Summary: When we fail to forgive others who have hurt us we give in to the spirit of revenge and resentment.
After spending 3-1/2 hours enduring the long lines, surly clerks and insane regulations at the Department of Motor Vehicles, I stopped at a toy store to pick up a gift for my son. I brought my selection - a baseball bat - to the cash register. "Cash or charge?" the clerk asked. "Cash," I snapped. Then apologizing for my rudeness, I explained, "I’ve spent the afternoon at the motor vehicle bureau." "Shall I gift-wrap the bat?" the clerk asked sweetly. "Or are you going back there?" submitted by Glenn Vaughan
We can do some crazy things when we• allow our anger to take hold of us.
Have you done things while you were• angry that you wish you could take back?
Anger can be one of the most• destructive things in our life.
When Jesus said, “But I tell you,” He was not doing away with the law or adding His own beliefs. Rather, He was giving us a fuller understanding of why God made the law in the first place.
For example, Moses said, “You shall not murder” (Exodus 20:13); The Pharisees read this law and, not having literally murdered anyone, felt righteous. But Jesus knows what’s in their heart. They were so angry with Jesus that they would plot His death, though they would not do the dirty work themselves.
Anger is a dangerous emotion that always threatens to leap out of control, leading to violence, emotional hurt, increased mental stress, and spiritual damage.
I. Forgiveness and Reconciliation start in our heart.
The bible says, “As a person thinks in his/her heart so they become."
In verses 21-22 Jesus brings in a higher ethical law. The law of the heart comes from God.
Jesus is saying: “Be careful what you say it reveals the condition of your heart.” You may have never murdered anyone, but what about the motives of your heart. Jesus is saying, “What matters is not merely the letter of the law but the spirit.” The law says, “You shall not commit murder.” Jesus says, “If you are angry in your heart with a brother you are guilty under God’s law of murder. To hate, to feel bitter, to have this unpleasant, unkind feeling of resentment toward a person without a cause is murder.
To say, Raca which literally means “empty head” or you are a worthless person. You are good for nothing. God will not tolerate character assignation. Words can destroy a person’s reputation or shake somebody else’s confidence in the person by unjust criticism. We are to love the person and get angry against the sin.
We are called to be positive not negative toward other people. There are some people who have the view: “If you can’t say something bad about someone then keep quiet and just look mad.”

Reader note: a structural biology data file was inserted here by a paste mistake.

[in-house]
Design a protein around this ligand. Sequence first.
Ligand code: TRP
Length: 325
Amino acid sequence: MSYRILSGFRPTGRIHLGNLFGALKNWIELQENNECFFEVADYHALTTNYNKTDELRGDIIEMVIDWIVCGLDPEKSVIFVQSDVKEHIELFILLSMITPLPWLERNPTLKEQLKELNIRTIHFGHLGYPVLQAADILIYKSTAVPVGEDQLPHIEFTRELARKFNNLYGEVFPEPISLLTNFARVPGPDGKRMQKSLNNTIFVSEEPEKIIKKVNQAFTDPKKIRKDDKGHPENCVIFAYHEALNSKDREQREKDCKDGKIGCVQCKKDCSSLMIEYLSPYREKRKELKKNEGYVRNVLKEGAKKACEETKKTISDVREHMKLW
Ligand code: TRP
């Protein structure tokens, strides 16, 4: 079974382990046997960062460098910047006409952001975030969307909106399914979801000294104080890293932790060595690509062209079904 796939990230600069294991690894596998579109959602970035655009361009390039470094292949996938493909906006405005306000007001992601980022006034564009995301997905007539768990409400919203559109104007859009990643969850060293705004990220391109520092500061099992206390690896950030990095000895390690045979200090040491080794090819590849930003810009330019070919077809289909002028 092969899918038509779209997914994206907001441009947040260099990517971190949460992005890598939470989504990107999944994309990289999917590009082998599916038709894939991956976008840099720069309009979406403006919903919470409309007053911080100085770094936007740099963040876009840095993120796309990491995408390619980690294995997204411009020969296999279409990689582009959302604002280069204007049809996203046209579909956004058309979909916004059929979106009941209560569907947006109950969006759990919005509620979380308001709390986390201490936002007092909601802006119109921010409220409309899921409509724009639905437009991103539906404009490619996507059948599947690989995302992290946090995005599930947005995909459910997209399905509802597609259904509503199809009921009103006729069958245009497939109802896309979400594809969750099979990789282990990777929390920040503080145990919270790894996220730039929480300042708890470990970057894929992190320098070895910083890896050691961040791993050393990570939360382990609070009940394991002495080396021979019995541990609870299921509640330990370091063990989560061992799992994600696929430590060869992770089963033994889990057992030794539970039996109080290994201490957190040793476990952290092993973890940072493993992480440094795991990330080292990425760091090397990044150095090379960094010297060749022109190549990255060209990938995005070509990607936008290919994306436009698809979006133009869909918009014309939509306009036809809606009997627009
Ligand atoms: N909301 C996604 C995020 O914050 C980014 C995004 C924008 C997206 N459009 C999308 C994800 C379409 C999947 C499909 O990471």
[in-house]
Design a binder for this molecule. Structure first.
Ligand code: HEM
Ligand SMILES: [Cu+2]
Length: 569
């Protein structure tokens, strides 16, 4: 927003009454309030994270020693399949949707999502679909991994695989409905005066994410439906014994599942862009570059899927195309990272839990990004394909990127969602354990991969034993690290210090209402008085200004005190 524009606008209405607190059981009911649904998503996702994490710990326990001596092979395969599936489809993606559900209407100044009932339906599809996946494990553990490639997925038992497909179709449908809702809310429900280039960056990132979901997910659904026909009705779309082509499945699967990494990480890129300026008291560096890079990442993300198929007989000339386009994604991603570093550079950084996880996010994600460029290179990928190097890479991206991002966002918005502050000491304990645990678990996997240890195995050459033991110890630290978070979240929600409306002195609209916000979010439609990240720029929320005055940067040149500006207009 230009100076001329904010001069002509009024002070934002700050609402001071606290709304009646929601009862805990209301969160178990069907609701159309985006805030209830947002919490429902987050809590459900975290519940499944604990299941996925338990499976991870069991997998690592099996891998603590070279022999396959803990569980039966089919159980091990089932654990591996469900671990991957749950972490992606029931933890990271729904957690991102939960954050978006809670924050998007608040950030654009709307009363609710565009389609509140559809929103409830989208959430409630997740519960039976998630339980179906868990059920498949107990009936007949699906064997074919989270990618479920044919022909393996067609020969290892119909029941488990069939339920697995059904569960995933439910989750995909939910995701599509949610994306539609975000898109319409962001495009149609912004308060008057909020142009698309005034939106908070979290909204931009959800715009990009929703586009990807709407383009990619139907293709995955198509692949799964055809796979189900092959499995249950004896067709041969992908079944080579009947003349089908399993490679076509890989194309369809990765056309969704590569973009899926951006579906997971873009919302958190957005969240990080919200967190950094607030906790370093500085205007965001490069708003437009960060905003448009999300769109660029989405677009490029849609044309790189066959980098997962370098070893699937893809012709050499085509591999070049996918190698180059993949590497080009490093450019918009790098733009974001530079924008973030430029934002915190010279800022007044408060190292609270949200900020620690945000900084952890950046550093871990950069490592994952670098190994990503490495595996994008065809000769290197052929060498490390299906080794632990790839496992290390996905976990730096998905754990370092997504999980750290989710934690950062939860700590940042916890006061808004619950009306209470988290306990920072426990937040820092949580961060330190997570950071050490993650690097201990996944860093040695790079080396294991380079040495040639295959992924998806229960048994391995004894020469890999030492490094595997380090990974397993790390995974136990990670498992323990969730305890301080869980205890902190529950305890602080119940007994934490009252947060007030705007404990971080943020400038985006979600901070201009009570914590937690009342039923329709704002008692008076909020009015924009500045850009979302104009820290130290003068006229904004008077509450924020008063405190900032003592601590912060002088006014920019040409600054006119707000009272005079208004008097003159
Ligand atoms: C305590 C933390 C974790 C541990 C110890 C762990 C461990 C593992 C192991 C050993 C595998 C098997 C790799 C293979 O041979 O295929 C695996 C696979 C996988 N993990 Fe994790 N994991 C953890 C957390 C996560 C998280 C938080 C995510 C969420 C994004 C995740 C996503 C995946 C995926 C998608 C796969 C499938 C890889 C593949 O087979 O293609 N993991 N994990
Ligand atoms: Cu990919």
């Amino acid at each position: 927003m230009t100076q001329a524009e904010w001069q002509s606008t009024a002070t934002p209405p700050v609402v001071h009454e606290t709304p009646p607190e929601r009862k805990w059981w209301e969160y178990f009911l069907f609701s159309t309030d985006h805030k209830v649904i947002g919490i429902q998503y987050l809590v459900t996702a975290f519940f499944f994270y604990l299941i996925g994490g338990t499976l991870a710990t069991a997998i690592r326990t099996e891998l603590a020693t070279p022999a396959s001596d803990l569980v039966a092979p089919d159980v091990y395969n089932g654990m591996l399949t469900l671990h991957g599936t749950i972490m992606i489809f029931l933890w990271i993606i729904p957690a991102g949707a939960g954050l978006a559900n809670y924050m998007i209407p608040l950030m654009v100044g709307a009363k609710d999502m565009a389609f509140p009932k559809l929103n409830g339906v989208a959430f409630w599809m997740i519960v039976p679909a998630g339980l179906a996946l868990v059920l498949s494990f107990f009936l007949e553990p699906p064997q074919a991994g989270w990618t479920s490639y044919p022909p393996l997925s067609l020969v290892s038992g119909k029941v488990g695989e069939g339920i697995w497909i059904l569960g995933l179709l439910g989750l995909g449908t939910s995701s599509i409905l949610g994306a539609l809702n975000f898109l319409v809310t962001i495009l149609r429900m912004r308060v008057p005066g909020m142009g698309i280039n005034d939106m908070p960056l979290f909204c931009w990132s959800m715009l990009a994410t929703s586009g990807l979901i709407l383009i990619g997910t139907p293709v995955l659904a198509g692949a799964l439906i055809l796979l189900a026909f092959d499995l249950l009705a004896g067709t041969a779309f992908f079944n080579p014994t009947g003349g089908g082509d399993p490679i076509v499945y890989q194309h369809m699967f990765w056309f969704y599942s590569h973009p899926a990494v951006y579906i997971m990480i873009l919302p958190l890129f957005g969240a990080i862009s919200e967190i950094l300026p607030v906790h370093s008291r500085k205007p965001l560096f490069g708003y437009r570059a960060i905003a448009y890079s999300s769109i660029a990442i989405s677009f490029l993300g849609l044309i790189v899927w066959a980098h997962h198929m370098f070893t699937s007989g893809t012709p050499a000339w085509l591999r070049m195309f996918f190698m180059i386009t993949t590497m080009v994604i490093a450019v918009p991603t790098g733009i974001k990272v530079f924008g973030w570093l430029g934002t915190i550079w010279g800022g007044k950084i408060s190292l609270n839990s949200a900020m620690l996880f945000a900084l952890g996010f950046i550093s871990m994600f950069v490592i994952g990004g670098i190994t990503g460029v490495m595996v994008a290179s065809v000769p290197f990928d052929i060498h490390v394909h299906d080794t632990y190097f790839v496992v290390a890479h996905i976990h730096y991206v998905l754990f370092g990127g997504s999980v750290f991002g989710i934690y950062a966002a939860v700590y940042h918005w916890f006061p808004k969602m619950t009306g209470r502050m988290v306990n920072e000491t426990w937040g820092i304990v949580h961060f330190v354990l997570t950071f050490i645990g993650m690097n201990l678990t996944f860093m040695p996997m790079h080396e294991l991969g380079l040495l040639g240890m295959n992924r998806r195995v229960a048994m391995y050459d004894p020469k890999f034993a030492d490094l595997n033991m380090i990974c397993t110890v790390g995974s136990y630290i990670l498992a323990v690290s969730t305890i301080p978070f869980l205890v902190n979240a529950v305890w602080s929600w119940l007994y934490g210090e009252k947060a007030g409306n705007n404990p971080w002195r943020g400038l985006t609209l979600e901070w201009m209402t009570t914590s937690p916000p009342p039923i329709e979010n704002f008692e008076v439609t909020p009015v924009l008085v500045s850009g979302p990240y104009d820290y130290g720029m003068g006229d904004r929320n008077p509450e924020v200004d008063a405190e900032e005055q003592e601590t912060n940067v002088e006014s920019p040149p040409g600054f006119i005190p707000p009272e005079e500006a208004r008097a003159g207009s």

James 1:19-20 “Everyone should be quick to listen, slow to speak and slow to become angry, for man’s anger does not bring about the righteous life that God desires.”
Proverbs 15:1 “A gentle answer turns away wrath, but a harsh word stirs up anger.
Proverbs 19:11 “A man’s wisdom gives him patience; it is to his glory to overlook an offense.”
What is it that causes us to get angry? We feel that we have our rights and no one had better take away our rights. If someone gets in my space they’re in trouble. I have my rights.
One of the first ways to deal with anger is to surrender our rights to God. Let me tell you that this is hard.
I was talking with Keegan the other day on a memory verse he should memorize… Gal 2:20
There are several ways you can deal with anger. You can suppress it. Don’t admit that you are angry. Hide your anger. It is hard for some people to hid their anger when their face turns beat red. Suppressed anger is hazardous to your health. Suppressed anger is like an abscessed tooth. You can take painkiller but the pain just comes back.
You can spiritualize your anger and say you are only righteously indignant. My anger is spiritual and yours is not.
Or you can be proud of your anger. “This is the way God made me, and I can’t help it. If you push me too far I’ll explode.
Children learn early how to use anger to get their way. Imagine the parents of a two-year old deciding to go out together for dinner on a Saturday night as a way to have some time together. Everything is all set. The baby-sitter comes over and as the parents are getting ready to go out the door the two-year old runs at the baby sitter kicking and screaming. Then he turns to the mother and cries in his most convincing voice as he hugs her around the legs, crying, “Don’t leave me! Don’t leave me! I love you. Don’t leave me.”